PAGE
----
Meet the chainsaw wielding Charlie Crew, foes of wildfires

With more than 100 active forest fires burning across the Yukon, Charlie Crew has their work cut out for them. The team of six with Yukon Wildland Fire Management is known as an initial attack crew.

With more than 100 active forest fires burning across the Yukon, Charlie Crew has their work cut out for them.

The team of six with Yukon Wildland Fire Management is known as an initial attack crew. That means they’re the first firefighters on scene across the Southern Lakes district where they operate.

“Basically you just fly in, find a fire, you jump out and you attack it,” says Jordan Profeit, neatly summing up a dangerous and complex profession.

He joined the crew back in 2013 with Jesse Latoski, and both have come back every season since. Chad Thomas, the crew leader, has seen 12 wildfire seasons. Together, the three make up the core of the team, along with a rotation of new members.

Initial attack crews are sent in via helicopter, often making hover exits when there is no room for the chopper to land. The crew typically jumps out while the helicopter hovers a few feet above the ground and immediately begin cutting a landing pad, their only lifeline in case the fire flares up.

“If we hover exit out of a helicopter, and we’re on the ground, the only way we can get picked up is if we cut a pad,” says Thomas.

In fighting forest fires, the crew’s most trusted weapon is the chainsaw. Aside from cutting landing pads, chainsaws are also used to clear lines from the fire to a suitable site to set up water pumps. This path is crucial, as it also serves as a quick escape route from the fire back to the landing pad in case things get heated, something the crew learned first-hand.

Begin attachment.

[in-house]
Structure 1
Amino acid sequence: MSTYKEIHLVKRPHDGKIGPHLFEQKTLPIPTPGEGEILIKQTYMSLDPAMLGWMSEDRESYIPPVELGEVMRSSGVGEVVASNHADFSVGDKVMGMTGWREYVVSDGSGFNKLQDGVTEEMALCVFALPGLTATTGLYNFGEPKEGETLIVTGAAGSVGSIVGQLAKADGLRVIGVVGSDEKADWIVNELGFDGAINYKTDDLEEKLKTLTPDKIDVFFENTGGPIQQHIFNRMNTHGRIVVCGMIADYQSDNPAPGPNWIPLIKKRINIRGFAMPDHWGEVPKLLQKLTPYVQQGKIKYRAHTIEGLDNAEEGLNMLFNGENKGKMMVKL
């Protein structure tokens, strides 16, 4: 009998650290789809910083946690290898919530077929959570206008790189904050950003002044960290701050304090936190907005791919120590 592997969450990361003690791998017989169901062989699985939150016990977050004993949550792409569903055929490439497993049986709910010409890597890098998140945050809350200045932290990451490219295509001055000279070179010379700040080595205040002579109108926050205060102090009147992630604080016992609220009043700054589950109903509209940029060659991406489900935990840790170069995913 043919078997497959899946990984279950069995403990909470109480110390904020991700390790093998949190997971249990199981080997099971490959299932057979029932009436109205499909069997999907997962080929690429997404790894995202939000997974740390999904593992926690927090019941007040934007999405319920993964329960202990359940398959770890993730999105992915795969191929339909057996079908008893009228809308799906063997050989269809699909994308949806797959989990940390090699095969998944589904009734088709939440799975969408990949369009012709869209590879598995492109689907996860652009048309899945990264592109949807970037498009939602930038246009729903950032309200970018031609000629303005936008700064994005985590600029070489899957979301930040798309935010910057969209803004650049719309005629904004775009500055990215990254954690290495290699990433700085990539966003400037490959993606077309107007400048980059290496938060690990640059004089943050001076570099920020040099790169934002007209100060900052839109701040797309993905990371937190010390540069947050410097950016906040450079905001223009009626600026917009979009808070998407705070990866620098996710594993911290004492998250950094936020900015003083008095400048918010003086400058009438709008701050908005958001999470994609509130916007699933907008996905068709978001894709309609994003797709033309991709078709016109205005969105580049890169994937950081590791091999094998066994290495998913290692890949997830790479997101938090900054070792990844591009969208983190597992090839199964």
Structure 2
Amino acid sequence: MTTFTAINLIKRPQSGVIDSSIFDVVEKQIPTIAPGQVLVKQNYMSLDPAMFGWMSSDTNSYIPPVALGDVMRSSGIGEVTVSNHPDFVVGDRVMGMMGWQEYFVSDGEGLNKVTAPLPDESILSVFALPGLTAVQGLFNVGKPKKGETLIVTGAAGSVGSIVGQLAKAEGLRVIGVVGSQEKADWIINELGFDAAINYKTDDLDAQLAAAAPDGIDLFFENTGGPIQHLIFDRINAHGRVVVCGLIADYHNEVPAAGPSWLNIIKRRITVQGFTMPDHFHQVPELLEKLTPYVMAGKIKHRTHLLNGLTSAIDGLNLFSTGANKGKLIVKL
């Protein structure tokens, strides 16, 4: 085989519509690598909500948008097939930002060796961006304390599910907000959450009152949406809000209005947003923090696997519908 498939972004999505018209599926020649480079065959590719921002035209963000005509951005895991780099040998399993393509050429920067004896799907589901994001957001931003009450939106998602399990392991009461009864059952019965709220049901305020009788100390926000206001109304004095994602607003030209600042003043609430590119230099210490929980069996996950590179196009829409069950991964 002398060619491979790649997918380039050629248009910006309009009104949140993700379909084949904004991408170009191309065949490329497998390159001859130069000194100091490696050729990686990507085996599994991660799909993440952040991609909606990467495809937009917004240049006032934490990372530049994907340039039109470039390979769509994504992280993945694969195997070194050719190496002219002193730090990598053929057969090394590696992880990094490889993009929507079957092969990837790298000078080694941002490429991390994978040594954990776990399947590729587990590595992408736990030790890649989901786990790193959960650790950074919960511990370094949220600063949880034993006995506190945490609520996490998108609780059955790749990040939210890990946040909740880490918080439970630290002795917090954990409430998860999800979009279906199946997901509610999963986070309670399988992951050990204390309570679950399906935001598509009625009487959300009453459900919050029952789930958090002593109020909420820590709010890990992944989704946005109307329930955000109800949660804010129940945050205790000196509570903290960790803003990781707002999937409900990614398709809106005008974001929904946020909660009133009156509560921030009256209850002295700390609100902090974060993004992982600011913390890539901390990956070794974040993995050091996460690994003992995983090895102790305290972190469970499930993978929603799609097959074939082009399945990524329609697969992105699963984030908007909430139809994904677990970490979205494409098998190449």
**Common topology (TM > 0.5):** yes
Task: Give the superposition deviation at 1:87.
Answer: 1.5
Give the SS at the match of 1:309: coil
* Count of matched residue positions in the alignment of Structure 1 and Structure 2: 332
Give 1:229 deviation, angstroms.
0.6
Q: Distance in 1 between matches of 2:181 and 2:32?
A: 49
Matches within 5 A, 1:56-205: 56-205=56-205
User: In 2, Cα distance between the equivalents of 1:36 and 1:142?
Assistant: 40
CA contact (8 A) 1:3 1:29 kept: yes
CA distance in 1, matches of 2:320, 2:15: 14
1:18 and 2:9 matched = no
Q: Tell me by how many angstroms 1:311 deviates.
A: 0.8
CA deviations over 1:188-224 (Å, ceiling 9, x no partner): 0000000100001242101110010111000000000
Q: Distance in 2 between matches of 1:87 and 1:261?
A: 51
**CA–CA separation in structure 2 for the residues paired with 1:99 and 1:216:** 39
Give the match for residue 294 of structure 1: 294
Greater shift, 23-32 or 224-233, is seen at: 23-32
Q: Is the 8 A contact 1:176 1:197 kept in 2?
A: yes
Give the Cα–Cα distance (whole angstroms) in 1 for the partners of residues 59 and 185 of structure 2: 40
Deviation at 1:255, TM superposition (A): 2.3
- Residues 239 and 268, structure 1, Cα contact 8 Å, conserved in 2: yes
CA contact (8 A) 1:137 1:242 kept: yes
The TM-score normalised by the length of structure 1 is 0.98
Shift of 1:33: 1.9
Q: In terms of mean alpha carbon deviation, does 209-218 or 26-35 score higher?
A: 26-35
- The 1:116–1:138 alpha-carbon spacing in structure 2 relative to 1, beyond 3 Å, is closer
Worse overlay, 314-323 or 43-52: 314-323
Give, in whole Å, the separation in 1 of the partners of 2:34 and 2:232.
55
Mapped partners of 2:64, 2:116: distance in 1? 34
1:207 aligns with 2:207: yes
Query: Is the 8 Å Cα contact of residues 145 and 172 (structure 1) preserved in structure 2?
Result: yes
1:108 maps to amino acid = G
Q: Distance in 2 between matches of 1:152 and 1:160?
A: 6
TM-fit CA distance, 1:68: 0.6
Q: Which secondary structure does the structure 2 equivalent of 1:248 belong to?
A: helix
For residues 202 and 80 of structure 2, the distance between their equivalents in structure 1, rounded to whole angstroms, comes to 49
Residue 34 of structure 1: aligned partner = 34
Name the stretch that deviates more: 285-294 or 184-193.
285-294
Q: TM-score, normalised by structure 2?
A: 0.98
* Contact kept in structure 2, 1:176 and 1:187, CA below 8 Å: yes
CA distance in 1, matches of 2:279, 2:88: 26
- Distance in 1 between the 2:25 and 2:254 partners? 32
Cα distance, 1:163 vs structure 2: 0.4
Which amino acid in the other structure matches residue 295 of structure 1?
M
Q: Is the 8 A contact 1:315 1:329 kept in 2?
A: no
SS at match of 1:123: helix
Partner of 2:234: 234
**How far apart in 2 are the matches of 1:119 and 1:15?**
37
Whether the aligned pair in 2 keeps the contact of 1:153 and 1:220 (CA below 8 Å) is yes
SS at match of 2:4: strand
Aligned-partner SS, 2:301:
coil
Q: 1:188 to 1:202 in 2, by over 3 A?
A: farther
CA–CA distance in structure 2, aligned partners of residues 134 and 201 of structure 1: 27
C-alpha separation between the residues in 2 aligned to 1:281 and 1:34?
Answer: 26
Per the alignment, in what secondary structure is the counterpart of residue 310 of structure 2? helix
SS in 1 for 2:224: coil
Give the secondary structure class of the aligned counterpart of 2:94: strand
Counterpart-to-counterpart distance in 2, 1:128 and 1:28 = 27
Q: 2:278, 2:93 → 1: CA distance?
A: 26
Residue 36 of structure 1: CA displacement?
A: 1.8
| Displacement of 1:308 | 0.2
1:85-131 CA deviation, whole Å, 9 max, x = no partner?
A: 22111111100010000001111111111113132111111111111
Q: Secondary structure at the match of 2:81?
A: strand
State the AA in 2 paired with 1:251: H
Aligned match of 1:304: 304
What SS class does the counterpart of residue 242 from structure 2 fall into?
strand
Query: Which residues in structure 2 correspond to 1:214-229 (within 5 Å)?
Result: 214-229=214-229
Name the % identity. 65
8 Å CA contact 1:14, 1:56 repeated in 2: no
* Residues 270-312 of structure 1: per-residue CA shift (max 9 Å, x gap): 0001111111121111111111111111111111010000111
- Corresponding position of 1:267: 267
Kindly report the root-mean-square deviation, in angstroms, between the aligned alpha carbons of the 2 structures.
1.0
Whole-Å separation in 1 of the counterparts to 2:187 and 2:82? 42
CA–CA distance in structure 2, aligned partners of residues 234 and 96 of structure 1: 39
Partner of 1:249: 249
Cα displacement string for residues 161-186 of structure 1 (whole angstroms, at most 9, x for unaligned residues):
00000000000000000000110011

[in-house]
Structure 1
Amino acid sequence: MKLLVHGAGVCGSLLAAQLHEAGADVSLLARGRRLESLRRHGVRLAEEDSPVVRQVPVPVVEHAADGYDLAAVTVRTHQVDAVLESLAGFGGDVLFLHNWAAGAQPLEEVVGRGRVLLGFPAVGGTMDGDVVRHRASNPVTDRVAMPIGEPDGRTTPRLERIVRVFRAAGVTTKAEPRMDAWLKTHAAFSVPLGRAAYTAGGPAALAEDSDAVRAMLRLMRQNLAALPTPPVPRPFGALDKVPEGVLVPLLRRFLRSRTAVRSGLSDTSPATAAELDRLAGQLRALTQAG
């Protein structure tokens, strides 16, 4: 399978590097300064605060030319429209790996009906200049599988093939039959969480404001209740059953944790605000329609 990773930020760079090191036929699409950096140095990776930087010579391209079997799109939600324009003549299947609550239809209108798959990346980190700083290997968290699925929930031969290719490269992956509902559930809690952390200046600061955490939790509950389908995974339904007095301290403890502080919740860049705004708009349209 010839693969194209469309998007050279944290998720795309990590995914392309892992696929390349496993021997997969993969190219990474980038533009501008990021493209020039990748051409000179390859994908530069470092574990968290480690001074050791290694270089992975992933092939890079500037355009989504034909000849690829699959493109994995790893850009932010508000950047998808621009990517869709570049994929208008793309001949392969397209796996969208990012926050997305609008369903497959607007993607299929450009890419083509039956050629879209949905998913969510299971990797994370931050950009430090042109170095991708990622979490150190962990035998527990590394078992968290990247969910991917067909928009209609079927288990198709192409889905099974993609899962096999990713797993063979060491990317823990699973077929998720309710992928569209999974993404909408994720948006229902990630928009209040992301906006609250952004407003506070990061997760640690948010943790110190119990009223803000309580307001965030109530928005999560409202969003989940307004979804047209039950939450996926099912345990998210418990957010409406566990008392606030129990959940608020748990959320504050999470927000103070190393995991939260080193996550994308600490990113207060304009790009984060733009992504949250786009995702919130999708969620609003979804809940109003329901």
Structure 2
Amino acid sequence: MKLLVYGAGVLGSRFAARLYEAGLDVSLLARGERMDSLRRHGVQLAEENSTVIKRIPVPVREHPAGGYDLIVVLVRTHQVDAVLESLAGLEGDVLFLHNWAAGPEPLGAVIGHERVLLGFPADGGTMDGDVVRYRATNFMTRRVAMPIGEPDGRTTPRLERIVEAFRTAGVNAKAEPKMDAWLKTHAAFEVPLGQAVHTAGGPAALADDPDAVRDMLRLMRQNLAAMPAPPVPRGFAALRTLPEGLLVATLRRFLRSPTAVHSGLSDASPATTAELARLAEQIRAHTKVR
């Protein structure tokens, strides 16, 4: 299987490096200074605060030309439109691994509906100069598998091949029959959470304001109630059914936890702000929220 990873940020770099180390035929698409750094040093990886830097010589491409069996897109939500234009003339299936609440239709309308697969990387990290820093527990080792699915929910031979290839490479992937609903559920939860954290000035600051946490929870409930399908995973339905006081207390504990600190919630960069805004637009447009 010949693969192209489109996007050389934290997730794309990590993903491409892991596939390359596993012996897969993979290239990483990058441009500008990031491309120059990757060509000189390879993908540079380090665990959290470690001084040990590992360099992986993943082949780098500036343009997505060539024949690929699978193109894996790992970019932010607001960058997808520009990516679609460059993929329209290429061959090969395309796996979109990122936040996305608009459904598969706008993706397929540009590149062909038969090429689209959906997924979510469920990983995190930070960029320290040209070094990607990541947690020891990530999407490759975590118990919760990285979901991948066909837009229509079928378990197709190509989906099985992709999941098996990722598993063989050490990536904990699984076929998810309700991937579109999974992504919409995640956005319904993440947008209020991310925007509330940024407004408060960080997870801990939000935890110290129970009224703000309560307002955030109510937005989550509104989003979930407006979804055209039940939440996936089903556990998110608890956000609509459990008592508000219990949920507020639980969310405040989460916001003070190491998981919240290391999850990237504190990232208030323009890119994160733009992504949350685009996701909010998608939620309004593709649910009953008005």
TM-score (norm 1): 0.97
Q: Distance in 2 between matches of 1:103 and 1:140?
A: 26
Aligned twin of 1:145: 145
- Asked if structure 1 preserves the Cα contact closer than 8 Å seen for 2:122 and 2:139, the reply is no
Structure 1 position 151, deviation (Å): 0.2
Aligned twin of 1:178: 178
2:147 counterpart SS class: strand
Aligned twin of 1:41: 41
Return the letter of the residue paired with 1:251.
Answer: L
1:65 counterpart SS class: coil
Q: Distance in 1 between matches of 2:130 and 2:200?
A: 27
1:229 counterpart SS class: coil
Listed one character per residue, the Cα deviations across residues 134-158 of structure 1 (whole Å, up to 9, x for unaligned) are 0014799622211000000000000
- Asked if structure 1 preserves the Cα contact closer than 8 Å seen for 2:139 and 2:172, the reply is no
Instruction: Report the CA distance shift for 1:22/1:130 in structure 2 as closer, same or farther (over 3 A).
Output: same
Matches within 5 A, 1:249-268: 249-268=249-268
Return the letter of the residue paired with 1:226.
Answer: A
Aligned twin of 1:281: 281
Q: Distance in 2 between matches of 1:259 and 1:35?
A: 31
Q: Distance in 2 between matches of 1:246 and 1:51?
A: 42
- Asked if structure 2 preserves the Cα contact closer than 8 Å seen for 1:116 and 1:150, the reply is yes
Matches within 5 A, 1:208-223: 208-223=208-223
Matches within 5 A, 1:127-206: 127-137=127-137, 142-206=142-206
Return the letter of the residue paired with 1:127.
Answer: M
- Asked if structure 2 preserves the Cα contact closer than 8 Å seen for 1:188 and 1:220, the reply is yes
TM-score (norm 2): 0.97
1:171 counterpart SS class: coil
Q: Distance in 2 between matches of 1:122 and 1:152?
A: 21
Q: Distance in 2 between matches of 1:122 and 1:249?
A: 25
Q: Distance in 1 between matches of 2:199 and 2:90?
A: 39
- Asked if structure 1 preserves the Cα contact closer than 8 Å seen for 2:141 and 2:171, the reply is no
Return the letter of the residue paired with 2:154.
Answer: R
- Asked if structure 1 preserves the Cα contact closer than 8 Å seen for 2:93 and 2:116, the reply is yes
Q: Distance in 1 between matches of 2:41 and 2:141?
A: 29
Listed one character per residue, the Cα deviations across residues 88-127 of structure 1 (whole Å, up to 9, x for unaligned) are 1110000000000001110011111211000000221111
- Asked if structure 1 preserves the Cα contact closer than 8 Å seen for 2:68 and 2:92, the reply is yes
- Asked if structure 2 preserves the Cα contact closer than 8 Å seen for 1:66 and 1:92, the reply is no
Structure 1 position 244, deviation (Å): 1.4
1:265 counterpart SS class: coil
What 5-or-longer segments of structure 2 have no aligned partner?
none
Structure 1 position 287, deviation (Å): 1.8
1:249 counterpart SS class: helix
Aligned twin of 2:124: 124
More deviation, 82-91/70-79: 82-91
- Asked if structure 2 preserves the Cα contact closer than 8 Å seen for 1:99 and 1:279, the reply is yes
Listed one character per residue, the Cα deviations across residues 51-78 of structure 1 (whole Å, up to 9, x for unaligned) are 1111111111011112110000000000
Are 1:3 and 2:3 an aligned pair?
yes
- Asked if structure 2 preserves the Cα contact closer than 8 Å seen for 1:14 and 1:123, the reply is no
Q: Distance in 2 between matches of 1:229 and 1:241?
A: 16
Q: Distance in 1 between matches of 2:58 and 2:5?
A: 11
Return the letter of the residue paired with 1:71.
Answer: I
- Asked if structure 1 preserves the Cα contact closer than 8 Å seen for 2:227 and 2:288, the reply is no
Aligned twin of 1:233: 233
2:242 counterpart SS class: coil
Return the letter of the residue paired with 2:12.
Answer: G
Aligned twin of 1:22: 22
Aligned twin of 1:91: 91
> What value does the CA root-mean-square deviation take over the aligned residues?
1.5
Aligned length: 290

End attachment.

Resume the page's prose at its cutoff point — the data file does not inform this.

“We were a couple kilometres down the line from the helipad and we got the call on the radio, ‘The fire’s blowing up. You guys got to go,’” recalls Latoski. It was 2013 and Charlie Crew was fighting a blaze near Carmacks. Profeit and Latoski were both in their rookie season, and Thomas had just taken up the title of crew leader.

“I remember looking to our right and just seeing a huge – it’s like a mushroom cloud basically.” High temperatures, low humidity and favourable winds conspired against the firefighters, causing the fire to rapidly grow in size and intensity.

“We just hoofed it back. We made it out safe and everything was fine. But yeah, definitely an adrenaline rush.”

Even with the extra drama, the crew held their position that day, says Thomas.

Though the training and standards they are held to are the same as other fire crews, Charlie Crew is unique in other ways. It’s owned by the Ta’an Kwach’an First Nation’s Da Daghay Development Corporation, which holds a contract, worth $123,000 annually, with the Yukon government that licenses the crew’s services to the territory. Da Daghay hires and trains firefighters and manages the internal workings of running a fire crew.

Ben Asquith, the general manager of Da Daghay, oversees all investments and projects of the corporation. He describes Charlie Crew as a money-making venture that benefits the Ta’an Kwach’an First Nation.

“Ultimately our goal of the development corporation is to make money on the contract,” he says. “We’re giving back in terms of jobs. We’re giving back in terms of training opportunities, skills.”

Even if firefighting is not the career path of choice for Ta’an Kwach’an citizens just entering the workforce, Asquith says joining the crew is an appealing first job, and allows new recruits to serve the community they grew up in. It also provides a wealth of learning for those coming right out of school.

“This might be their first job ever,” Asquith says. “And they’re around a group of guys that are going to show them some skills, some life skills, about how to go out there in the workplace.”

To that end, Asquith has given more control of the crew over to Thomas. Catching the vision, Thomas has started a program to train Ta’an Kwach’an just entering the workforce. Though they are not fully certified to go on the front lines, recruits do hands-on work at the base such as managing logistics and loading helicopters.

Asquith’s hope is to see his core group of Thomas, Profeit, and Latoski help turn the newer recruits into fully-trained firefighters.

“We’ll build that foundation,” says Asquith, “that Ta’an Kwach’an citizens are the best firefighters that there are. That’s the vision.”

Contact Joel Krahn at

joel.krahn@yukon-news.com

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